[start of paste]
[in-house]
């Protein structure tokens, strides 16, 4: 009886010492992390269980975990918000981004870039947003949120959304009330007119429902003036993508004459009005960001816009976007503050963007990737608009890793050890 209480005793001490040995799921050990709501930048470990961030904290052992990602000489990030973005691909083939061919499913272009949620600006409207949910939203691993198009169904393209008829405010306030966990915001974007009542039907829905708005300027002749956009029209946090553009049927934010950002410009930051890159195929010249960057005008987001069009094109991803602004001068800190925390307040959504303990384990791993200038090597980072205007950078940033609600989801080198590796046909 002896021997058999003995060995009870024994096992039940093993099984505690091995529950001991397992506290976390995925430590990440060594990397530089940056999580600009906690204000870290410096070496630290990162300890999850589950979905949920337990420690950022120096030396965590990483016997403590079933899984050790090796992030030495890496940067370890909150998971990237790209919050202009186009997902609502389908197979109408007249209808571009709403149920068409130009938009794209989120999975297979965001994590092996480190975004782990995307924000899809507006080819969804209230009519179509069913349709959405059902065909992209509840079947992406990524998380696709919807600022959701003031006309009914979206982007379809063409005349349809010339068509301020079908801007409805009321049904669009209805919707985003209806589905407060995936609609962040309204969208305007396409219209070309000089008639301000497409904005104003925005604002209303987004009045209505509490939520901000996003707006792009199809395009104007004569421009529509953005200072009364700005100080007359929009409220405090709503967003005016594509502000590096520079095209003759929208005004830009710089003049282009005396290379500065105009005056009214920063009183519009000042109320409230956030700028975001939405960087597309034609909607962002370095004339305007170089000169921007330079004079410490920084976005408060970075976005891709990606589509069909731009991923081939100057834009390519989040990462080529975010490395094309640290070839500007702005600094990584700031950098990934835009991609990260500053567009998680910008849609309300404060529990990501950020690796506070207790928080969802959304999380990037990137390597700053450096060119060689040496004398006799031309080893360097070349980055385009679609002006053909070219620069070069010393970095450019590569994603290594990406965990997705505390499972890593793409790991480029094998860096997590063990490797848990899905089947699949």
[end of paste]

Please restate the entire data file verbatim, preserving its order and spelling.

[in-house]
């Protein structure tokens, strides 16, 4: 009886010492992390269980975990918000981004870039947003949120959304009330007119429902003036993508004459009005960001816009976007503050963007990737608009890793050890 209480005793001490040995799921050990709501930048470990961030904290052992990602000489990030973005691909083939061919499913272009949620600006409207949910939203691993198009169904393209008829405010306030966990915001974007009542039907829905708005300027002749956009029209946090553009049927934010950002410009930051890159195929010249960057005008987001069009094109991803602004001068800190925390307040959504303990384990791993200038090597980072205007950078940033609600989801080198590796046909 002896021997058999003995060995009870024994096992039940093993099984505690091995529950001991397992506290976390995925430590990440060594990397530089940056999580600009906690204000870290410096070496630290990162300890999850589950979905949920337990420690950022120096030396965590990483016997403590079933899984050790090796992030030495890496940067370890909150998971990237790209919050202009186009997902609502389908197979109408007249209808571009709403149920068409130009938009794209989120999975297979965001994590092996480190975004782990995307924000899809507006080819969804209230009519179509069913349709959405059902065909992209509840079947992406990524998380696709919807600022959701003031006309009914979206982007379809063409005349349809010339068509301020079908801007409805009321049904669009209805919707985003209806589905407060995936609609962040309204969208305007396409219209070309000089008639301000497409904005104003925005604002209303987004009045209505509490939520901000996003707006792009199809395009104007004569421009529509953005200072009364700005100080007359929009409220405090709503967003005016594509502000590096520079095209003759929208005004830009710089003049282009005396290379500065105009005056009214920063009183519009000042109320409230956030700028975001939405960087597309034609909607962002370095004339305007170089000169921007330079004079410490920084976005408060970075976005891709990606589509069909731009991923081939100057834009390519989040990462080529975010490395094309640290070839500007702005600094990584700031950098990934835009991609990260500053567009998680910008849609309300404060529990990501950020690796506070207790928080969802959304999380990037990137390597700053450096060119060689040496004398006799031309080893360097070349980055385009679609002006053909070219620069070069010393970095450019590569994603290594990406965990997705505390499972890593793409790991480029094998860096997590063990490797848990899905089947699949």